2:5 – The stars turn and a time presents itself

Another signature transition shot of The Return greets our return to Twin Peaks. Lynch has his camera drift over the woods at night. They’re barely distinguishable. Figures in the dark. There’s an ever so gradual tilt of perspective, too. We lean in, look down on the trees, as though trying to pick out a person on the ground in between them… though we never do. This lonely image will recur throughout the show and is often used immediately before, after or even during sequences infused with the otherworldly.

Cut to a flashlight passing over tree branches at ground level.

Immediately this calls to mind a very similar scene in the second episode of the first season, in which Mike (Gary Hershberger) and Bobby (Dana Ashbrook) meet Leo (Eric DaRe) to discuss their mutual money problems.

A reverse shot of the torch blinds us to who is holding it, and the cool music makes us fear something. But what is not confirmed upfront it whether we are to feat the traveller in the woods or the woods themselves. In Twin Peaks the odds are about equal on this one. The eagle-eyed will briefly spot Deputy Chief Hawk (Michael Horse) behind the light, but I’d say he’s probably easier to discern on the rewatch when you know whose flashlight this is.

We cut to Margaret Lanterman aka The Log Lady (Catherine Coulson), sat as before in her darkened room beside the red lampshade, cradling her log. She is placing another phone call – to the traveller in the woods.

Hawk answers, and Margaret asks, “Hawk, where are you walking tonight?”

Margeret’s clairvoyance has been one of her most distinguishing character traits, so its no surprise that she has this feeling about his whereabouts.

Hawk doesn’t answer specifically, but he does advise that, “There is supposed to be something happening here tonight.” It is not made clear what it is that is supposed to be happening, or indeed, how Hawk has this information. It is too early in the story for Hawk to have made any substantive connections to the Laura Palmer / Dale Cooper case. However, Hawk does refer to Margaret’s log being on the “same page” as him. This suggests that the “something” is in line with the more supernatural forces surrounding the town. It also suggests that Hawk is another of the show’s mildly psychic characters. He has always been open to ideas, so this tracks.

The stirring up of the Laura Palmer case will no doubt also have reminded Hawk of the mysterious events that occurred out at Glastonbury Grove the night Cooper went in to the Black Lodge. There is a portal there. This is, it transpires, Hawk’s destination.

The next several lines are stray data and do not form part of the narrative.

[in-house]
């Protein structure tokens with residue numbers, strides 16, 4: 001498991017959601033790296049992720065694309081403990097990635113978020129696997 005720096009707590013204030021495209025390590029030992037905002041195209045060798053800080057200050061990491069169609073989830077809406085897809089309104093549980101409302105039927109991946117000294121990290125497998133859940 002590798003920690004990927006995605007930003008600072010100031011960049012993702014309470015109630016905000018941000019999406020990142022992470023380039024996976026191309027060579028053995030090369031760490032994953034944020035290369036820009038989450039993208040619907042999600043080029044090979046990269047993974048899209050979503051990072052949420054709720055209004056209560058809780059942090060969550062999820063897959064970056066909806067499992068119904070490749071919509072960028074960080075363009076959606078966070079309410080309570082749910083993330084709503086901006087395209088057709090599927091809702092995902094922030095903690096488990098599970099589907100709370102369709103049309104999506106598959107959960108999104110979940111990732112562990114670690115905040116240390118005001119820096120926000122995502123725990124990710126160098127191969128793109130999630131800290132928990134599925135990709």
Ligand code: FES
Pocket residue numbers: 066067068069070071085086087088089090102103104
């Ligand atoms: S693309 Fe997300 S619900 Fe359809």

Lynch and Frost putting Hawk in this area is something of a mislead for first-time viewers who might expect Cooper’s release from the Black Lodge to take place here in Twin Peaks, and that Hawk will be the one to welcome him back into the fold. This will not be the case.

“The stars turn and a time presents itself,” Margaret advises him. Each Part of The Return is given a name by a line of dialogue held within it. This is the line that names Part 2. One wonders if these titles are intended to act as clues, rather like the set issued with Mulholland Drive as part of its press pack back in 2001. That they point to significant lines of dialogue in the show.

This is a rather poetic line; the kind of expression Margaret is quite apt to deliver. The stars don’t turn, of course – only our perception of them changes as we revolve and pirouette through the infinite in our orbit of the sun. Yet the meaning is clear and aligns with Hawk’s assertions that something is due to happen. The event which is supposed to lead to Cooper’s return appears preordained and known about in our reality. Quite how is a mystery. Margaret’s words are prophecy; an event is due; it’s time is near, and this can be read in the constellations.

Old methods of divinity have credence in the world of Twin Peaks.

They end their call on good terms and Hawk arrives at his destination; Glastonbury Grove. Hawk very briefly sees the red curtains of the Black Lodge moving in and out of visual range behind the sycamore trees. It is near. His flashlight swoops across the camera, blinding us, and this is used to transition us to the Black Lodge…

Next time: Are you Laura Palmer?

2 thoughts on “2:5 – The stars turn and a time presents itself

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